On a recent blustery day, from the top of a nearby 17-story building, the white angular stadium looks a little like a giant discarded Lego piece. It rises isolated on a wide, flat plain, muscular mountains cascading down behind it. It looks vulnerable and exposed — all those thousands of orange and pink seats laid bare below the wide dome of sky — but also slightly magical as the sun glitters off millions of tiny ice flakes blowing across the plain.

The wind is brutal, and it pounds the entire area, including the stadium and the rooftop, where the gusts rattling through the big AC units sound like a doomed bomber plummeting out of the sky in an old war movie.

Despite the cold, organizers have done little to protect stadium visitors. Spectators will have to sit exposed for as long as five hours in the elements during the nighttime ceremonies. There are no built-in heating systems for the seats and the corridors, and it’s too late to build a roof and too expensive to install central heat, officials say.

Related: Russia’s Olympic punishment stuns Canadian sport community

Many of the concertgoers last month where six were treated for hypothermia reportedly flocked to the arena’s toilets for a rare bit of respite from the cold.

Organizers plan to provide each spectator at the Olympics ceremonies with a raincoat, a small blanket and heating pads — one to sit on, one for the hands and a pair for the feet. They also plan to install polycarbonate walls above the highest seats across the two northwest sides of the stadium to block the strongest winds. About 40 portable gas heaters will be placed in aisles between the rows of plastic seats, and lots of hot coffee and tea, fish sticks and heated buns will be on sale.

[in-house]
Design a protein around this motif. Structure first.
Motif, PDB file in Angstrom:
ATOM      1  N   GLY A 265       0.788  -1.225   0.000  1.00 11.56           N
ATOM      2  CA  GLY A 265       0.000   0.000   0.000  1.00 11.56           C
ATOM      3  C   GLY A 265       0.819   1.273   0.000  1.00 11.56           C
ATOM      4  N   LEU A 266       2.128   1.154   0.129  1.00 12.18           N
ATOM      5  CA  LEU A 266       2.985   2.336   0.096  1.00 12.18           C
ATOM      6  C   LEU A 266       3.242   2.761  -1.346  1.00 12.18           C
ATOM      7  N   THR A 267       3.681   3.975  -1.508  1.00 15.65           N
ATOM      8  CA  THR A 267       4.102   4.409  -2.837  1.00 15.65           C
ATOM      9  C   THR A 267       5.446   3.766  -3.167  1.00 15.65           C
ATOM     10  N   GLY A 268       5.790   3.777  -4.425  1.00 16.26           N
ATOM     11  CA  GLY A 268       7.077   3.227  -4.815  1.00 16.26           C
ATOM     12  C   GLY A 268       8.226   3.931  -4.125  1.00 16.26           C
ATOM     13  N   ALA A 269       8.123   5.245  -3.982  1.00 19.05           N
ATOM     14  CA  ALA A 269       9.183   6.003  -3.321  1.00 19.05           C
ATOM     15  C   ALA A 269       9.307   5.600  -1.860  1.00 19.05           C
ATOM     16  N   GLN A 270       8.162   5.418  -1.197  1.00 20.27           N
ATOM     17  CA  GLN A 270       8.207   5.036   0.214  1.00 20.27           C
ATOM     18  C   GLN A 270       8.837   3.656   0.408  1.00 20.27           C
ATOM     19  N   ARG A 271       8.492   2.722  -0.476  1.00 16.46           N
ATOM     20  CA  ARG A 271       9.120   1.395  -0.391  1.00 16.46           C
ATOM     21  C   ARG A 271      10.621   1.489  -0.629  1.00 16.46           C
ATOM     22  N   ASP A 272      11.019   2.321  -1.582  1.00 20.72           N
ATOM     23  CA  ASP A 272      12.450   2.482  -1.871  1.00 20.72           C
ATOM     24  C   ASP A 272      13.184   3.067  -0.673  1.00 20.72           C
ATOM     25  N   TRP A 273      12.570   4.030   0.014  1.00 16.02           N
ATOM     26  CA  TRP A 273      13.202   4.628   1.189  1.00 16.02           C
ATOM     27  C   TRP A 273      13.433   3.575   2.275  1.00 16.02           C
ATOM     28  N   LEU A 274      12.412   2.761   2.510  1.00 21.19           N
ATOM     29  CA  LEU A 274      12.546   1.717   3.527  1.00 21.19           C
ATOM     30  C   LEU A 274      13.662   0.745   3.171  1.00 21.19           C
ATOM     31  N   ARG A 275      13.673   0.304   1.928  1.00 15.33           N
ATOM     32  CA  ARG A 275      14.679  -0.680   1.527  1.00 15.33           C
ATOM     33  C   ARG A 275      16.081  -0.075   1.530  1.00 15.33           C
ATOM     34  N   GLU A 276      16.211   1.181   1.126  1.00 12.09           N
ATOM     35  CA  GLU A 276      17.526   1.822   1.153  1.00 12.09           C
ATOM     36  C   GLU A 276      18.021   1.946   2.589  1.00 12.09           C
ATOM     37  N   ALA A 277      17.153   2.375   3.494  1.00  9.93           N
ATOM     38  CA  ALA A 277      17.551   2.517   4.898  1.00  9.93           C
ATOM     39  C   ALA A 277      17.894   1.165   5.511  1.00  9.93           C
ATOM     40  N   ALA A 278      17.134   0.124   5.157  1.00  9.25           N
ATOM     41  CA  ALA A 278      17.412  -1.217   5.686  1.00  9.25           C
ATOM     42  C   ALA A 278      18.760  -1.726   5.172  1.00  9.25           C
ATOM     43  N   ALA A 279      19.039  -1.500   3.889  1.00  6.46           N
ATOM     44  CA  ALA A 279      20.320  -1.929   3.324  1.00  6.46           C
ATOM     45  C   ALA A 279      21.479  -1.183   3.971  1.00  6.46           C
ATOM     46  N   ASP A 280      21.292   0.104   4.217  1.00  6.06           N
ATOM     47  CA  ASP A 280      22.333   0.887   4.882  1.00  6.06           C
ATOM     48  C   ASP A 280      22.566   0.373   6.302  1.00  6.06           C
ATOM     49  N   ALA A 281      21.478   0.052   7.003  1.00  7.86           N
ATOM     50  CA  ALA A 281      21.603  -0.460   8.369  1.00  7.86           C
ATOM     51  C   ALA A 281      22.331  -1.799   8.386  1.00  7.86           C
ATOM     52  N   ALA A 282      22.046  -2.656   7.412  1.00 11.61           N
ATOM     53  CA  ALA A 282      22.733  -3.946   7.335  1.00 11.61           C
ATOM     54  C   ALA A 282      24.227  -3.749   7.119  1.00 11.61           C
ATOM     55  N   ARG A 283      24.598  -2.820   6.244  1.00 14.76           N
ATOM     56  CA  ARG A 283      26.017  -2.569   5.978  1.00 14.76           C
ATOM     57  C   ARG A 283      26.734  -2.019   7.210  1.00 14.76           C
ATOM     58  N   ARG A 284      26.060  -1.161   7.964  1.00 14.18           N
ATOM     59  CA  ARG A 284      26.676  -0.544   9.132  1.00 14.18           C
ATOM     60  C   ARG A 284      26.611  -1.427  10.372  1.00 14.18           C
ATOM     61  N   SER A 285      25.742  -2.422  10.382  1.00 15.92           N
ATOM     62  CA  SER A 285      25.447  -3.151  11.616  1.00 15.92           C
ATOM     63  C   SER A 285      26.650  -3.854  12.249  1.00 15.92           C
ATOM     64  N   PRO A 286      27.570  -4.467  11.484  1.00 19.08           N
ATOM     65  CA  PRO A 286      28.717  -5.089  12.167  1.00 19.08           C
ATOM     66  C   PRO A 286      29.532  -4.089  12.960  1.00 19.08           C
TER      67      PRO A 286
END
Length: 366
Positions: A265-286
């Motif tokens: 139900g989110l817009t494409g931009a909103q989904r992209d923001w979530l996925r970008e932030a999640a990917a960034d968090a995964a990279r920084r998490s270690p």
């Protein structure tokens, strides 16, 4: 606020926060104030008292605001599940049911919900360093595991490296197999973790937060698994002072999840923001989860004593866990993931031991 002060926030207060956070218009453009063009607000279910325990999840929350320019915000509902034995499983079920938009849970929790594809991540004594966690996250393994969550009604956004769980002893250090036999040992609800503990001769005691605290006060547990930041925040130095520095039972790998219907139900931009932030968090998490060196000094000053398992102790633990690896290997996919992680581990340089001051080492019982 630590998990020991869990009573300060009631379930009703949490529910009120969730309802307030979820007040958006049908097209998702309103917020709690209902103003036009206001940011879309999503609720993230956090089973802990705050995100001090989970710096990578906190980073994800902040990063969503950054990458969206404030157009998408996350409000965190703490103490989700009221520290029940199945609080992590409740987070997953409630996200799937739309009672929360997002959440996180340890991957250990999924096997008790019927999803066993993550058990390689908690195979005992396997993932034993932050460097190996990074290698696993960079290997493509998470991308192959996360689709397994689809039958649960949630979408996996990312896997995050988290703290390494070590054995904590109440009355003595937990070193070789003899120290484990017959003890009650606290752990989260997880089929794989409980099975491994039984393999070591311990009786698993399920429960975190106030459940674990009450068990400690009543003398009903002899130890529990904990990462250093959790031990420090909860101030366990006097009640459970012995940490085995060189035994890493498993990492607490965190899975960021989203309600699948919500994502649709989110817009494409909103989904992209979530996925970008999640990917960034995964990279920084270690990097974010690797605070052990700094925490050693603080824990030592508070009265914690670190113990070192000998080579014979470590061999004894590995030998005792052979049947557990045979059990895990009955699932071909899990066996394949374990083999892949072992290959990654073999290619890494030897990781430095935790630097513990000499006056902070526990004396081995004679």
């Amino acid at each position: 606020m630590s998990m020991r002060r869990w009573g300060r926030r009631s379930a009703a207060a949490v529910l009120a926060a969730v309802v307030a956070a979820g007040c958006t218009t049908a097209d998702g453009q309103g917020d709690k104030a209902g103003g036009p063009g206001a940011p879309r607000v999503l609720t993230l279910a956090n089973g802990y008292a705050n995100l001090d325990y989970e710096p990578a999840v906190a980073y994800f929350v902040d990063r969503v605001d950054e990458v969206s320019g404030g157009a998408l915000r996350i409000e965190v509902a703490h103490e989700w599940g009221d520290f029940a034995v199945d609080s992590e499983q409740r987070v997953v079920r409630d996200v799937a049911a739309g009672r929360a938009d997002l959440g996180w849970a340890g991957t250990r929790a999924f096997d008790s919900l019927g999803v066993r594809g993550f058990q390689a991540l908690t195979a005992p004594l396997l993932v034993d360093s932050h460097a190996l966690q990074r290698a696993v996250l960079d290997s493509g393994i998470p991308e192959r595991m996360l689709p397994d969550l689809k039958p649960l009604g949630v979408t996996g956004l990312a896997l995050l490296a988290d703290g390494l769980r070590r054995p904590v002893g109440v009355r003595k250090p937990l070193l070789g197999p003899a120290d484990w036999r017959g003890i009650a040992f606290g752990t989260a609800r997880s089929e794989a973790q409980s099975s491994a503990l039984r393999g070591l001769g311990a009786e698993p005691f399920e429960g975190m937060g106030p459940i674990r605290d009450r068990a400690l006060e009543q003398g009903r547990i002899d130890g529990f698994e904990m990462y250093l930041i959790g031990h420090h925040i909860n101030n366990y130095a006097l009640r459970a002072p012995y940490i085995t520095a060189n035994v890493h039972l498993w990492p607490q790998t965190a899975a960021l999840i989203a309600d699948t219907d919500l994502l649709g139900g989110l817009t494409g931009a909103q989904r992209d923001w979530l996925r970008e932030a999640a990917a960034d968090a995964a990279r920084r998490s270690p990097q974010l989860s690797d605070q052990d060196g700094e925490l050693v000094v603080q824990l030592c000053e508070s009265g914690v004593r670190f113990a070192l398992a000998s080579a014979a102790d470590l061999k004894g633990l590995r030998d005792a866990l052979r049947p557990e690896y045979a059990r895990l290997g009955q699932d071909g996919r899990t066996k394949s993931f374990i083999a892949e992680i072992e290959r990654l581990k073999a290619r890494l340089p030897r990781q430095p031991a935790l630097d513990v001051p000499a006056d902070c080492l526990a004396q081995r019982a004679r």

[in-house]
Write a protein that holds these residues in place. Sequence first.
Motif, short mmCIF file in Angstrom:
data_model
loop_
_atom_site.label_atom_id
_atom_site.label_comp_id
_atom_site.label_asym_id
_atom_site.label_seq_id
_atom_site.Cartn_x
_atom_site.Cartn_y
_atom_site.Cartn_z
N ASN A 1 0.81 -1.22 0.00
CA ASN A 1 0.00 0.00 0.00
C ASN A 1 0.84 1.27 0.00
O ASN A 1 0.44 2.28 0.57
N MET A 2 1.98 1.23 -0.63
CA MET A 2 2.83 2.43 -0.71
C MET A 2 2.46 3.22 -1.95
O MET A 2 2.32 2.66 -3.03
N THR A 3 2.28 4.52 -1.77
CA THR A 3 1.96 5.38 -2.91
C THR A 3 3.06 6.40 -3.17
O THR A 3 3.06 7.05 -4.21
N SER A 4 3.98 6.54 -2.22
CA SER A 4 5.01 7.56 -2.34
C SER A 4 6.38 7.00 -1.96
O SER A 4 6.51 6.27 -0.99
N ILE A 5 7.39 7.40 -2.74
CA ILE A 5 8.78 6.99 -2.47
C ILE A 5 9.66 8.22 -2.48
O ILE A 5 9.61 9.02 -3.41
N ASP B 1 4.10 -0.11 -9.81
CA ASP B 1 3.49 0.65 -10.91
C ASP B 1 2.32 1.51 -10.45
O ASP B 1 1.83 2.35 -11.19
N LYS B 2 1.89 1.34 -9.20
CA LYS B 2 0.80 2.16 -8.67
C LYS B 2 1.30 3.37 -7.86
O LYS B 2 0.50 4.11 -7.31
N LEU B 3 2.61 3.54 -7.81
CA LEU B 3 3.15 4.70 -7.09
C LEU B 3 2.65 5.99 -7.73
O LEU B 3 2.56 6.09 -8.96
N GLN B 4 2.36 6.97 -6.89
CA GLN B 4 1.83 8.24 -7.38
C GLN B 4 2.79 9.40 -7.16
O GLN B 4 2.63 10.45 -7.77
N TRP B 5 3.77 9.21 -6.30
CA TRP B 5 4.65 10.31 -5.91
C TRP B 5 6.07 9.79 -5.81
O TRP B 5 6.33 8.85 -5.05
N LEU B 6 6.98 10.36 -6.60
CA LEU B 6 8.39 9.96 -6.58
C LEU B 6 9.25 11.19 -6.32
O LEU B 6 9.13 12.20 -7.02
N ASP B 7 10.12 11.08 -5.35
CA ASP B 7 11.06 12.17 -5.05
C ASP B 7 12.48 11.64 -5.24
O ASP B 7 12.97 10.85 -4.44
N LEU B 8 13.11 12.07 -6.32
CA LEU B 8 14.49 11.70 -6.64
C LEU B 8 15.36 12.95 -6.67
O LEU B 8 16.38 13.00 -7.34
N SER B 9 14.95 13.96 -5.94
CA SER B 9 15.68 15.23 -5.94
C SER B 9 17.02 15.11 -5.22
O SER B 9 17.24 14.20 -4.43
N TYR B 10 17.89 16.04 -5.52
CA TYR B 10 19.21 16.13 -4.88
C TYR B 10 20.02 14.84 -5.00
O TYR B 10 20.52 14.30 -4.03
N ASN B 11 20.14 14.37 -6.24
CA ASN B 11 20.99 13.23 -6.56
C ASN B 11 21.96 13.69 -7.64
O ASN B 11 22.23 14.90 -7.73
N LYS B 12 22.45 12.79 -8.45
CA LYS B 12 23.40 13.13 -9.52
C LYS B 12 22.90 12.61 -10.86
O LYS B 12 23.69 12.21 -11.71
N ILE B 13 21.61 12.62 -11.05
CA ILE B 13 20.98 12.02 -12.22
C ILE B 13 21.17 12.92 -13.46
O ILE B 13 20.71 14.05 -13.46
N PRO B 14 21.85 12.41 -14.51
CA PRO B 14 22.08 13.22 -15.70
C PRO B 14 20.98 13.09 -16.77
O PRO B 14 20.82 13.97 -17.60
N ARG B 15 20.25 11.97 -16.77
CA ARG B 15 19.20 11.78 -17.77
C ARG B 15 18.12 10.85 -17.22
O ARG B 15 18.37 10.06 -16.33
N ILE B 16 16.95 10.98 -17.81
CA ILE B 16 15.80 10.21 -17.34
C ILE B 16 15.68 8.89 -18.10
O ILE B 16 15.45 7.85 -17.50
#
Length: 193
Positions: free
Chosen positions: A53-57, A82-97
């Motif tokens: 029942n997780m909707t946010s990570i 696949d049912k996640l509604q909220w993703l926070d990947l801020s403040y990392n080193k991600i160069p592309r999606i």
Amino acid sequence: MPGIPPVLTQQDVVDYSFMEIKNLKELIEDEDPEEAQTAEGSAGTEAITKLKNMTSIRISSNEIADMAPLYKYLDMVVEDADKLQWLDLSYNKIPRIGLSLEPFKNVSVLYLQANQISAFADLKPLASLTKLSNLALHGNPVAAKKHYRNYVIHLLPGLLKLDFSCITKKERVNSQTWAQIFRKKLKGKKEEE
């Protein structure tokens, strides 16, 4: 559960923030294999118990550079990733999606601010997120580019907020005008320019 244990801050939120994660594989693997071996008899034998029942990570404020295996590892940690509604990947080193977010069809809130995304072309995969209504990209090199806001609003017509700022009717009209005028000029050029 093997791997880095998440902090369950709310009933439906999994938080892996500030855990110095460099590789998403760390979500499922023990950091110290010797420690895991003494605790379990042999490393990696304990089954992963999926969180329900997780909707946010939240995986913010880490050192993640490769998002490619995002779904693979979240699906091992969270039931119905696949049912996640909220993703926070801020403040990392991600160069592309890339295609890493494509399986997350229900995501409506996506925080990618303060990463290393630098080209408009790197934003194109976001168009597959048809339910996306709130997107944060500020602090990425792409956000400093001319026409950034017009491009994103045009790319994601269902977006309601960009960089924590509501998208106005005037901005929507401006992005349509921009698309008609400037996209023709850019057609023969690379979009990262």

Still, by the time the opening ceremony starts at around 8 p.m., the wind chill at the stadium could be minus 14 degrees Celsius (about 7 F). That is much colder than the wind chill at the ceremonies for the Vancouver and Sochi Games, which were 5 degrees and 4 degrees C, respectively, according to South Korean officials.

When Associated Press journalists visited the area earlier this month, it was minus 18 degrees C (a little below zero F) midmorning at a resort near Olympic Stadium.

Sochi temperatures soared at times. On Monday, Feb. 10, 2014, for instance, it was 16 degrees C (61 degrees F).

The coastal areas of Gangneung, where skating and hockey will be held, are warmer than Pyeongchang. But it’s still cold. Tourists can be seen in thick quilted coats standing on piers and posing for pictures as huge, frigid blue-green waves crash behind them; they run and laugh, trying to dodge the spray.

Locals often smirk when they see bundled up tourists waddle around Pyeongchang like penguins. Choi, after an interview, stands outside his restaurant, still in his short-sleeve shirt, smoking a cigarette while a well-layered-up reporter shivers nearby. “Sometimes I go out like this and the people in warm coats look at me like I’m crazy.”